We hear news that Webkit now supports the
@font-face CSS property, enabling the designer to specify downloadable fonts in their web pages. I can remember getting excited about this back in June after hearing Håkon Lie talk about it during @media London (check out Richard Rutter’s thoughts on this as well). Legal and security issues will prevent us from using most fonts of course, but I like to focus on the positive here. There are some perfectly useable, free fonts out there — and more choice is better than little or no choice, right?
I wholehartedly agree with Jon Hicks, who writes:
Personally, I’m just happy that we’re reaching a point where we’re having this conversation!
Right! What’s important, I think, is that this helps move things along. Perhaps it will stoke the fire in terms of a real conversation between type foundries and browsers on how things could work while protecting the font maker. Then again, maybe it won’t.
Stephen Coles at Typographica writes something I’d like to counterpoint:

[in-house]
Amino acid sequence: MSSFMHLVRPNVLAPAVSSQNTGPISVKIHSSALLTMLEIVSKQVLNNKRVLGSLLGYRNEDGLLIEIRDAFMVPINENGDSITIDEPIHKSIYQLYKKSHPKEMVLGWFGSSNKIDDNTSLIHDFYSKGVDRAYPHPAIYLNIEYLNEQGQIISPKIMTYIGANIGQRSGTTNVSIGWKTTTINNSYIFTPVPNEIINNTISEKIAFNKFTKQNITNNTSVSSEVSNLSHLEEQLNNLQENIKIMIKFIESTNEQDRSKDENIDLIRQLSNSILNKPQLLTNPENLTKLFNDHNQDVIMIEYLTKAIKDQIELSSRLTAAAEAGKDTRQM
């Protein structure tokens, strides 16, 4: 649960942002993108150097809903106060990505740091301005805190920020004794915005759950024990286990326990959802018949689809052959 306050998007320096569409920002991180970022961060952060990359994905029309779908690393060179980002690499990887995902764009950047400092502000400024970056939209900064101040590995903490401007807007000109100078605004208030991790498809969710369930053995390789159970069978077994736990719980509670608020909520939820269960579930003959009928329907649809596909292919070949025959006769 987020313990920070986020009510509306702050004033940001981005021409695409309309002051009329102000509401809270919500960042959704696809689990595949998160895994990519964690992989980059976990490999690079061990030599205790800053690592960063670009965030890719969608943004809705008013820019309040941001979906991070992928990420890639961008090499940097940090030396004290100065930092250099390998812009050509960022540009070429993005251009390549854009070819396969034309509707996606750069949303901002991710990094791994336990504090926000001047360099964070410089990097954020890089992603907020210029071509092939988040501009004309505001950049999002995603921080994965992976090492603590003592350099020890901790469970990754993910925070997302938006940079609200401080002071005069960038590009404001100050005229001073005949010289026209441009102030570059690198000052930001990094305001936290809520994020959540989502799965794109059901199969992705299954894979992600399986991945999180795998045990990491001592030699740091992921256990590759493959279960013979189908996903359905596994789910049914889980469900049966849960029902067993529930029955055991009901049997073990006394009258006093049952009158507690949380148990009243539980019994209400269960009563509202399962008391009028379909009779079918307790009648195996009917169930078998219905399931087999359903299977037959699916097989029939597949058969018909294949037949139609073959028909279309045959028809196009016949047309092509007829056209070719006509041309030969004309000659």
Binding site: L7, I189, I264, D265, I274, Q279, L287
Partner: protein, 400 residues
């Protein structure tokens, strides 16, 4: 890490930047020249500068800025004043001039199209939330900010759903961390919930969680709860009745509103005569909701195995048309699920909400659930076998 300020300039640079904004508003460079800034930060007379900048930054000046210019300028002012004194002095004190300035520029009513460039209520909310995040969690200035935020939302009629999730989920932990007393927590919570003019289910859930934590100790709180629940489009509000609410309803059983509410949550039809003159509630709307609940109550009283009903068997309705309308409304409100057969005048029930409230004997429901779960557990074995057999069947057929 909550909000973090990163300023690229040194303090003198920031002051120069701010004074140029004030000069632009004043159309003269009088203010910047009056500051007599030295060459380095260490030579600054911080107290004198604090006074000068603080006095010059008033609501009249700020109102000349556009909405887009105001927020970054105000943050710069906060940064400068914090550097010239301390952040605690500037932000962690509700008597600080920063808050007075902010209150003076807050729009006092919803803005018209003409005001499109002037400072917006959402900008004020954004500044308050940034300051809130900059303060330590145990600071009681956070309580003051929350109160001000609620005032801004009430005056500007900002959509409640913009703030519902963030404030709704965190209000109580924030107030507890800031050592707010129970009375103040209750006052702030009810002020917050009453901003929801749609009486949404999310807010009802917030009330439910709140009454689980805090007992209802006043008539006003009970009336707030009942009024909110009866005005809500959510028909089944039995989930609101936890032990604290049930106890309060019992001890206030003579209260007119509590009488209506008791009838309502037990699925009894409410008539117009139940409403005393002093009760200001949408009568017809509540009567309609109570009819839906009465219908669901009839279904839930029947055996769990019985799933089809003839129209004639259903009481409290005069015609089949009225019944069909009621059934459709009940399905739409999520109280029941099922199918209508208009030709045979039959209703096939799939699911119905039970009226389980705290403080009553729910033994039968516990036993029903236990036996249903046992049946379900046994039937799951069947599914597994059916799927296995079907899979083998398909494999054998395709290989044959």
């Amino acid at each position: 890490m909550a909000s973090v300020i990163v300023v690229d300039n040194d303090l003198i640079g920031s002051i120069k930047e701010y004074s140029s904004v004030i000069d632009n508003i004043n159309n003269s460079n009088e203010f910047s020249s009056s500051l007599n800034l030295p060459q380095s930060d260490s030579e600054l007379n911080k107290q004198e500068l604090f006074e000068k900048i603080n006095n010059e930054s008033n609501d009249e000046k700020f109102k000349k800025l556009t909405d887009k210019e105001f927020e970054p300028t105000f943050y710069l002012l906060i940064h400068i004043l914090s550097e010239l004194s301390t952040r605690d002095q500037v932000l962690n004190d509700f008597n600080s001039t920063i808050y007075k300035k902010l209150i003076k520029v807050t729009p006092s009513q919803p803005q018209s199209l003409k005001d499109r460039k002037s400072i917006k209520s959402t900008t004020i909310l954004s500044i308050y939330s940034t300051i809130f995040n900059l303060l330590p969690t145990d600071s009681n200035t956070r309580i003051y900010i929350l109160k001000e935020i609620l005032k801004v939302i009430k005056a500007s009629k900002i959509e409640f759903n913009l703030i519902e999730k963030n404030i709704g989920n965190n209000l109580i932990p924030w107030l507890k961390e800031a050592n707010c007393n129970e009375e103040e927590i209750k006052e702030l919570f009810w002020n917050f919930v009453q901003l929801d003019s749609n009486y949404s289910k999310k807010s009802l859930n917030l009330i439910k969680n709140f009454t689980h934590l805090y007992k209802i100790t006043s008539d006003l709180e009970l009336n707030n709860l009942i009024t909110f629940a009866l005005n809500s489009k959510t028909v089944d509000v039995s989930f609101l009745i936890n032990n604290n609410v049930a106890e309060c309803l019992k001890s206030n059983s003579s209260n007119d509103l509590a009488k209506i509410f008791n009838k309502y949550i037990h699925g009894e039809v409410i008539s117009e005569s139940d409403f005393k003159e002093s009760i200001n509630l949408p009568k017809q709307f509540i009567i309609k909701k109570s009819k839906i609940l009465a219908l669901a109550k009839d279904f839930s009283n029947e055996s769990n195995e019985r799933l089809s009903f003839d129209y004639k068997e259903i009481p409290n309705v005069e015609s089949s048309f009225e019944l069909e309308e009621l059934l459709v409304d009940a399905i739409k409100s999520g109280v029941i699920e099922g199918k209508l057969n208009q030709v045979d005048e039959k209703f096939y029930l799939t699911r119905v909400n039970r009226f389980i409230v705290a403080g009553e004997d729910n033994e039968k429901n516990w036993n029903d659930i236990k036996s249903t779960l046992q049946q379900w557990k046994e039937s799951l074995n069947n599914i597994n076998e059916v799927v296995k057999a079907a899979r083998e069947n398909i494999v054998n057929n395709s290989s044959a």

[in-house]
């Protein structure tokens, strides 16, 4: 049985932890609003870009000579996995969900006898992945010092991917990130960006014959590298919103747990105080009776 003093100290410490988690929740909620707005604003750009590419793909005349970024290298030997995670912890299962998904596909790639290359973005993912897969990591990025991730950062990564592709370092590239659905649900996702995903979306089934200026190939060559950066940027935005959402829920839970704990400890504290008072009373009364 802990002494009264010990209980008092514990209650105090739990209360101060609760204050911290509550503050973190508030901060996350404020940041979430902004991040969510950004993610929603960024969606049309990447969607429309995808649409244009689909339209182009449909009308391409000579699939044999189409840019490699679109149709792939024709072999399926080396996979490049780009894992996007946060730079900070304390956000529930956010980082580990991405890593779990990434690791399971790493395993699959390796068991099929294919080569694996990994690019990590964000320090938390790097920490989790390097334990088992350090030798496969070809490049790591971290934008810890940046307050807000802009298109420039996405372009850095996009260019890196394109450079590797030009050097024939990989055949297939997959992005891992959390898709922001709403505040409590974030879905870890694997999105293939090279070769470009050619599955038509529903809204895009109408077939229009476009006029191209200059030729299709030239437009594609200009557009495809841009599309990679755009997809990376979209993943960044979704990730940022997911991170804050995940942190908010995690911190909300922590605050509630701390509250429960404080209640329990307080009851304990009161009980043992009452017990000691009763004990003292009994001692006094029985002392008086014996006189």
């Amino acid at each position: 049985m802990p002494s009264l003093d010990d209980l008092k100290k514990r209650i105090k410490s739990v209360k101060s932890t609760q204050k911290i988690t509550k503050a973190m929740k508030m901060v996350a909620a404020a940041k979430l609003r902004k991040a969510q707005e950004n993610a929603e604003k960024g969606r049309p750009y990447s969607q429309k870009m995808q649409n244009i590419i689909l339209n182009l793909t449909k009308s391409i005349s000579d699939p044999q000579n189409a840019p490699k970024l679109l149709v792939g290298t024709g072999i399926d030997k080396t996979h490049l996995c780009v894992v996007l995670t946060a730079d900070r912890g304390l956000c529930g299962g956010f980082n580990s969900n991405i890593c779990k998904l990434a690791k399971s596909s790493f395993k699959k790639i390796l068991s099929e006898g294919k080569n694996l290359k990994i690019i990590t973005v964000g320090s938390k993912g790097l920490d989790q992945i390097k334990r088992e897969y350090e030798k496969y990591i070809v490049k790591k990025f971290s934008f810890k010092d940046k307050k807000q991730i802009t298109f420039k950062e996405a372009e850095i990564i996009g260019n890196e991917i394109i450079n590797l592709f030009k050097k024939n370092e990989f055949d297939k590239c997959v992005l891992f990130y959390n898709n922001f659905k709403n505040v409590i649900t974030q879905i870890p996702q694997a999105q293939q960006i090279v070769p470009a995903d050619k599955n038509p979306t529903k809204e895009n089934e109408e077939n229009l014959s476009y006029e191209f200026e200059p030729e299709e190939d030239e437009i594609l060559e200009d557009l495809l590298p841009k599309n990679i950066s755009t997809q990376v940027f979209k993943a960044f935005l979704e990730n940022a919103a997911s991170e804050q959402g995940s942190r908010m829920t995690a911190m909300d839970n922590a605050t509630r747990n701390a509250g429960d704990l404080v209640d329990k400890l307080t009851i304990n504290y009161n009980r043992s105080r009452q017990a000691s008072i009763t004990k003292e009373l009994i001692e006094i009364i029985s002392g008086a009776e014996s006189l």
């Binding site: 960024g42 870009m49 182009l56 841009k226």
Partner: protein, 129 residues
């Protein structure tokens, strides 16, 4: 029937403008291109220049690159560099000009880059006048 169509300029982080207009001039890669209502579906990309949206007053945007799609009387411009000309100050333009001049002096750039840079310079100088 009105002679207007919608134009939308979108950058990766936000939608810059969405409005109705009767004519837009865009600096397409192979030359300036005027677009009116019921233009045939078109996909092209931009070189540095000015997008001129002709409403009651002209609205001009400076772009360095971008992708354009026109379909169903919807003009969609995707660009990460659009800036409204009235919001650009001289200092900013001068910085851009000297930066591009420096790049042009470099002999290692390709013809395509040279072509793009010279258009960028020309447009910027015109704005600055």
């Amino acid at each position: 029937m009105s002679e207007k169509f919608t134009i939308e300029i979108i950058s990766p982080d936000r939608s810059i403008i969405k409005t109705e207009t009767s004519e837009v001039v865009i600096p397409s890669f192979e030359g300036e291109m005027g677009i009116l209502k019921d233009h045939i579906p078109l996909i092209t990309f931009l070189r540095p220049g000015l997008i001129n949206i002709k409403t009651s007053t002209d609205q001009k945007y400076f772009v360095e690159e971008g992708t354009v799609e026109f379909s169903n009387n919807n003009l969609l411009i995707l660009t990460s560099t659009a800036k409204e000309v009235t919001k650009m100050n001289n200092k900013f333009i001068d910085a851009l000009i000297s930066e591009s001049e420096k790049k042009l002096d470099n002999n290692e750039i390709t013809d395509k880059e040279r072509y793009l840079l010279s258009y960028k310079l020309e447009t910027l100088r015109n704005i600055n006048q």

In general, web designers aren’t typographers. Their specialty is in the realms of interface, hierarchy, and navigation. Their training does not include making decisions about what typeface to use for long passages of text.
While this certainly could be true for many, it doesn’t mean that web designers can’t become good typographers — especially when given the chance with more of a variety of typefaces to work with. The worry that all web pages will be suddently ruined with crappy free fonts everywhere overshadows the fact that some good can come out of the ability to at least have a choice to use those crappy (and/or potential useful) fonts. Give us all a chance, eh?
For instance, and maybe this is fresh on my mind after releasing a *cough* icon-based pixel font *cough* just days ago, but imagine using a downloadble dingbat font for displaying icons instead of GIF or JPEG images. Suddenly text and icons become truly scalable together. Just a small example — but one I’d love to experiment with.